The Cambridge History of English and American Literature in 18 Volumes (1907–21).
Volume IX. From Steele and Addison to Pope and Swift.

XV. Education

§ 22. The Universities

There is a common consent amongst authorities to the effect that the years between the restoration and the close of the reign of George II constituted a period of stagnation, if not of active decay, in the history of English universities. Those who fix their attention upon the statutory order of studies and the terms on which universities then granted degrees are likely to consider this an understatement. To-day, the underlying supposition is that the degree betokens some measure of intellectual achievement; it is the conventional certificate of a liberal education and a passport to certain forms of professional employment. But, in the eighteenth century, its chief function was to regularise, in academic society, the position of men who proposed to spend some further years at the university in anticipation of clerical preferment. Intellectual merit alone was not regarded as establishing an unquestionable claim to a place in the academic community, or to the conferment of a degree. Hence, degrees were sometimes refused, or withdrawn, on what would to-day be regarded as irrelevant, or even unfair, grounds. Hence, too, an easy assent to exercises which were mere forms; the eighteenth century sometimes allowed the forms to become farcical.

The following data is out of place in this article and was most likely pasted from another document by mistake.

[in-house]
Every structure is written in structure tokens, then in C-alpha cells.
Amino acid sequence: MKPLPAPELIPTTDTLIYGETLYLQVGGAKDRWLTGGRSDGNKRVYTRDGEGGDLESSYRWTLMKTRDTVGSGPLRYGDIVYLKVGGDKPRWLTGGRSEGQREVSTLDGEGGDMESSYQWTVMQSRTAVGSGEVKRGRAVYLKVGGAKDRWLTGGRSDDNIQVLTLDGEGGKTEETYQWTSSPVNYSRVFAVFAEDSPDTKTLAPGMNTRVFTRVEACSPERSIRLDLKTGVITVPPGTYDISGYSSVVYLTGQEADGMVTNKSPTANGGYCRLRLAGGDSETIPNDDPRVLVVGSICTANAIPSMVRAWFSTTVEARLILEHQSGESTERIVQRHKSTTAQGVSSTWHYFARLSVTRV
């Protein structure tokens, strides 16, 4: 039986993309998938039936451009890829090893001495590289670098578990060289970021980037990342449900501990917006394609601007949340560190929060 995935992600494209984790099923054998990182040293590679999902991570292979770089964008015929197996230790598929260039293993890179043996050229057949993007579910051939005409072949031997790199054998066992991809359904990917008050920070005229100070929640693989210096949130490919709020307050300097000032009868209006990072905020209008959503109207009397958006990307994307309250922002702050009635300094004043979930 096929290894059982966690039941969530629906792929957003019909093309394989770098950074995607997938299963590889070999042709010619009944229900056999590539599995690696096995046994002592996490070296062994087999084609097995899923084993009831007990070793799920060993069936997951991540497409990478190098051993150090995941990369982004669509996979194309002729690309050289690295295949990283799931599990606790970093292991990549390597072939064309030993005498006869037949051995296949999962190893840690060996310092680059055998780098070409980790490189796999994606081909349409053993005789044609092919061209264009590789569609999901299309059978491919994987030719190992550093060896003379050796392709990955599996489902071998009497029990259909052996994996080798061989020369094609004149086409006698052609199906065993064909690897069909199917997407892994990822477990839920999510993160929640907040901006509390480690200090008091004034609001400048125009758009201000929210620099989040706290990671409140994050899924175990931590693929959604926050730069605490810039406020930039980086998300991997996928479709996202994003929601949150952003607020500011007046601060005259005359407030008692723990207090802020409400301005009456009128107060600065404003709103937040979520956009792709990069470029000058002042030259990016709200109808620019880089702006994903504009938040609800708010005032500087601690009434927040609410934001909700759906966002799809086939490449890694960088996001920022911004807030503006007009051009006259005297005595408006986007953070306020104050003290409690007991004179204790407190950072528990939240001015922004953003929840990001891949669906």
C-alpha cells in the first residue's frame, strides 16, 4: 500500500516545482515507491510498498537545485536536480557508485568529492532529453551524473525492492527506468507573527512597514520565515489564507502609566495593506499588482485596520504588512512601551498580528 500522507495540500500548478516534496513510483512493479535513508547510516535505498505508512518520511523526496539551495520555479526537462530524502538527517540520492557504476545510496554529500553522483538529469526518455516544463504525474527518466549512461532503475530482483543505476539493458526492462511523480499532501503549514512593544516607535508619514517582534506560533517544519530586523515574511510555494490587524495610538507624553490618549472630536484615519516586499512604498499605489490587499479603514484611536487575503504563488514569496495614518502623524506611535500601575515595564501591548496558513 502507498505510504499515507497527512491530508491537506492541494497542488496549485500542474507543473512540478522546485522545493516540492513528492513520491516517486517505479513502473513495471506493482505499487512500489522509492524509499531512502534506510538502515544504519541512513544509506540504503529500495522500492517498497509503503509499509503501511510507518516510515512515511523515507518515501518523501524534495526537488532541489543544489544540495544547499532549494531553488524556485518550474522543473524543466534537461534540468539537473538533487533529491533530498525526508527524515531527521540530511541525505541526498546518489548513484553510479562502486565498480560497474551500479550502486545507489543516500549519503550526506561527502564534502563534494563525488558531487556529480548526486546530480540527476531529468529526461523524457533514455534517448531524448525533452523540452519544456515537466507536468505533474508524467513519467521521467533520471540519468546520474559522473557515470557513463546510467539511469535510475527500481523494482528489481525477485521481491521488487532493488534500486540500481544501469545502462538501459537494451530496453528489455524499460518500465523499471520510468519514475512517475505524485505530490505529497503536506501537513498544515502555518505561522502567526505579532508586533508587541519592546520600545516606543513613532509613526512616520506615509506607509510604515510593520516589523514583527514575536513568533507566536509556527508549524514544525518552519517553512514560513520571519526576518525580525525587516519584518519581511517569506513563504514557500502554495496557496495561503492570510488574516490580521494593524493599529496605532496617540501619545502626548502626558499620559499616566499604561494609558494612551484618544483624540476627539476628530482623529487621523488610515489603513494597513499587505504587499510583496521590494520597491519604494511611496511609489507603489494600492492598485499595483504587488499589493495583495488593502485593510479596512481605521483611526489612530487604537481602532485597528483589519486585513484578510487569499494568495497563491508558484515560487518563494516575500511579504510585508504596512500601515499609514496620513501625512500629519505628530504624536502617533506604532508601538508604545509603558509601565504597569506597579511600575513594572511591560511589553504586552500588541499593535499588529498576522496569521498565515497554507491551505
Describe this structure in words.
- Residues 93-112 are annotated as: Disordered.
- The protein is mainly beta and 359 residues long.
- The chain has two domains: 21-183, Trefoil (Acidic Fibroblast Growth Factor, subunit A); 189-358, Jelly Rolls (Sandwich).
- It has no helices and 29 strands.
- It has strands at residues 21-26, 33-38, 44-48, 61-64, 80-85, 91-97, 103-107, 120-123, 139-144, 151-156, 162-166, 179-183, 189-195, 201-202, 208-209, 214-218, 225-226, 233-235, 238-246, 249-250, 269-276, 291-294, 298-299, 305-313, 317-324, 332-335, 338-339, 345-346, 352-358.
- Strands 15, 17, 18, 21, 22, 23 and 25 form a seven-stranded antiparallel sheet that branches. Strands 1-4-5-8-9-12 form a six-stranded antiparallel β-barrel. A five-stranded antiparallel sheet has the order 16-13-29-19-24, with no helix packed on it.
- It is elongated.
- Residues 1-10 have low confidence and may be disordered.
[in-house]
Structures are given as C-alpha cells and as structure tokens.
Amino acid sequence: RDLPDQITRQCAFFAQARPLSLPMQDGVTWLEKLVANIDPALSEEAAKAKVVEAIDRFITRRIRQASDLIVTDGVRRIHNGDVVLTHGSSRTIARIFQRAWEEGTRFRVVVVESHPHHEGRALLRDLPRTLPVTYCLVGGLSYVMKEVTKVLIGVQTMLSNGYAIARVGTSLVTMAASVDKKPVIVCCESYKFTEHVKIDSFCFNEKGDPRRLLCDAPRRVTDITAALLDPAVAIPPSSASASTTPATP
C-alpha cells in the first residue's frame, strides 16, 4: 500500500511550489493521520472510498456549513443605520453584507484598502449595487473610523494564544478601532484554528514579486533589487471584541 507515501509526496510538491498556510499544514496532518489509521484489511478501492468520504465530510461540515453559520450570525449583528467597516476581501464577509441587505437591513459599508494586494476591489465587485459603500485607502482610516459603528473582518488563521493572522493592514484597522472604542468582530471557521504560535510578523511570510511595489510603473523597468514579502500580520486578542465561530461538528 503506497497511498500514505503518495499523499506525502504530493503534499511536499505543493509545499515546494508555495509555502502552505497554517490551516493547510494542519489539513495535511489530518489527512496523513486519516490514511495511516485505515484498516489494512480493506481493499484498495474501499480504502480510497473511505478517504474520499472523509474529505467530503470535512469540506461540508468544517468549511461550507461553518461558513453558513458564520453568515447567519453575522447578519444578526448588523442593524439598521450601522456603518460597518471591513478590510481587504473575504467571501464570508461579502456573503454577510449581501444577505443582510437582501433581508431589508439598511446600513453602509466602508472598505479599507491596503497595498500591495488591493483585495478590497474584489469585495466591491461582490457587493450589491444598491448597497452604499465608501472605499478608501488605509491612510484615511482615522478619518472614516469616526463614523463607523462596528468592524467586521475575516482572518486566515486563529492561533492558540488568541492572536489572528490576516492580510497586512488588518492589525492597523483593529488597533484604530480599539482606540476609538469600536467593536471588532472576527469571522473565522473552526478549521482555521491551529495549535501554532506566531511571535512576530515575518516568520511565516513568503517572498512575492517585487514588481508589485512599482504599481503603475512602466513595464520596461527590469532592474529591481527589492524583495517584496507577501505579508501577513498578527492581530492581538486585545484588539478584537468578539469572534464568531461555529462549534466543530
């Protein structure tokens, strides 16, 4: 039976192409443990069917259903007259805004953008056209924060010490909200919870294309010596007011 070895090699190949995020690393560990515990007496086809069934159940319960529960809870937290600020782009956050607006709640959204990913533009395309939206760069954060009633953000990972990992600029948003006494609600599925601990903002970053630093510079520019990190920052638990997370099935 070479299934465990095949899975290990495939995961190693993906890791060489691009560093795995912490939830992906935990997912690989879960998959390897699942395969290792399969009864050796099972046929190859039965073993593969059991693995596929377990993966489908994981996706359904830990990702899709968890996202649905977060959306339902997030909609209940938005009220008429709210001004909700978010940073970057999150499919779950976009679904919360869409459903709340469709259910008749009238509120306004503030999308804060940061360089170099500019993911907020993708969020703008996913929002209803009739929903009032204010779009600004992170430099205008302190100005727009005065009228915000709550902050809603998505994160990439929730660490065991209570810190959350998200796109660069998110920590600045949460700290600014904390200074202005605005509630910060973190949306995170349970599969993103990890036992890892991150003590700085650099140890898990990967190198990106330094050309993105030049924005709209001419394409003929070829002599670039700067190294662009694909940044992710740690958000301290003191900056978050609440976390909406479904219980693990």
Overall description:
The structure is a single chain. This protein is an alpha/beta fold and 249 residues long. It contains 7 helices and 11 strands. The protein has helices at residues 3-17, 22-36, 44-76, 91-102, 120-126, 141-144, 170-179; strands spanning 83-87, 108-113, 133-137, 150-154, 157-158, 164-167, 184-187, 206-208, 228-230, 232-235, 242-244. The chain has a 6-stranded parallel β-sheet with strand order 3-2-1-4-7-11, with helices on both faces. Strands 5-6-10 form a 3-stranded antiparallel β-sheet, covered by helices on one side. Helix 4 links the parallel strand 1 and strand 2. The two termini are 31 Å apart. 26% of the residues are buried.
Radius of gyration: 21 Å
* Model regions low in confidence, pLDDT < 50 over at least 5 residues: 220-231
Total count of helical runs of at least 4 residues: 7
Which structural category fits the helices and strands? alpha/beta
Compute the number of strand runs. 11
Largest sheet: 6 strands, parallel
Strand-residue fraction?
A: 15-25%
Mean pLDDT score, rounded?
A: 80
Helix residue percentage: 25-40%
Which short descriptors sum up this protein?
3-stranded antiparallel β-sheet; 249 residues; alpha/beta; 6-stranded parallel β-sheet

But, soon after the restoration, it became clear that the medieval system was antiquated beyond any possibility of a useful existence. The scholastic exercises for the B.A. degree comprised disputations, frequenting public lectures, examinations and determinations. At Oxford, the last two could be satisfied by repeating a few catch-phrases in a dubious Latin, often got up beforehand or read from notes, “strings,” as they were called. Candidates secured a dispensation for non-attendance at lectures which were not delivered; the examinations of 1716–19, if Amhurst may be believed on the point, could be crammed for in a fortnight. In a similar spirit, the sex solemnes lectiones of the statutes for M.A. became, in practice, so many “wall-lectures”—delivered, or professedly delivered, to four walls and to empty benches.